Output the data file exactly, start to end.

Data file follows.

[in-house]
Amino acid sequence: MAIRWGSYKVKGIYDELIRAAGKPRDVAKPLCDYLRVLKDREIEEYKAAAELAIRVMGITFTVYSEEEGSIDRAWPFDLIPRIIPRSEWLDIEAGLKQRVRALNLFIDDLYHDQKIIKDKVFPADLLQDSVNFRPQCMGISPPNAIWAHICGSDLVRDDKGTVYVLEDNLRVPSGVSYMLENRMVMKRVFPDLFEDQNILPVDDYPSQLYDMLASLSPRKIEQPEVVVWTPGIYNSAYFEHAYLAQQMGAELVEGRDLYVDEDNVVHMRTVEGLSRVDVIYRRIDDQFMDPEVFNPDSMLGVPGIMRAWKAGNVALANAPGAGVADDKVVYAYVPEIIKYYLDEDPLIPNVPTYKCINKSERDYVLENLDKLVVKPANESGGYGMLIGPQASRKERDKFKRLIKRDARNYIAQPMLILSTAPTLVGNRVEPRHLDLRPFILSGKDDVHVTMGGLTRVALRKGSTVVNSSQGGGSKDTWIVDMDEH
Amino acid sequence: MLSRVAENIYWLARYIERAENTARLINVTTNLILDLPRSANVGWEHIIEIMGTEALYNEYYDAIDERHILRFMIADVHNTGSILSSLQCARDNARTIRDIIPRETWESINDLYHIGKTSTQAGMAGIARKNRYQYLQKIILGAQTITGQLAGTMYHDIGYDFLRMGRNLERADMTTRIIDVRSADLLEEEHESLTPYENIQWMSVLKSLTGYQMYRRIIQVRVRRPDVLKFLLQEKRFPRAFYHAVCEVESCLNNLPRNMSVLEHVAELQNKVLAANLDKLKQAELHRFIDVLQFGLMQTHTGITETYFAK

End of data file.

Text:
[in-house]
Amino acid sequence: MAIRWGSYKVKGIYDELIRAAGKPRDVAKPLCDYLRVLKDREIEEYKAAAELAIRVMGITFTVYSEEEGSIDRAWPFDLIPRIIPRSEWLDIEAGLKQRVRALNLFIDDLYHDQKIIKDKVFPADLLQDSVNFRPQCMGISPPNAIWAHICGSDLVRDDKGTVYVLEDNLRVPSGVSYMLENRMVMKRVFPDLFEDQNILPVDDYPSQLYDMLASLSPRKIEQPEVVVWTPGIYNSAYFEHAYLAQQMGAELVEGRDLYVDEDNVVHMRTVEGLSRVDVIYRRIDDQFMDPEVFNPDSMLGVPGIMRAWKAGNVALANAPGAGVADDKVVYAYVPEIIKYYLDEDPLIPNVPTYKCINKSERDYVLENLDKLVVKPANESGGYGMLIGPQASRKERDKFKRLIKRDARNYIAQPMLILSTAPTLVGNRVEPRHLDLRPFILSGKDDVHVTMGGLTRVALRKGSTVVNSSQGGGSKDTWIVDMDEH
Amino acid sequence: MLSRVAENIYWLARYIERAENTARLINVTTNLILDLPRSANVGWEHIIEIMGTEALYNEYYDAIDERHILRFMIADVHNTGSILSSLQCARDNARTIRDIIPRETWESINDLYHIGKTSTQAGMAGIARKNRYQYLQKIILGAQTITGQLAGTMYHDIGYDFLRMGRNLERADMTTRIIDVRSADLLEEEHESLTPYENIQWMSVLKSLTGYQMYRRIIQVRVRRPDVLKFLLQEKRFPRAFYHAVCEVESCLNNLPRNMSVLEHVAELQNKVLAANLDKLKQAELHRFIDVLQFGLMQTHTGITETYFAK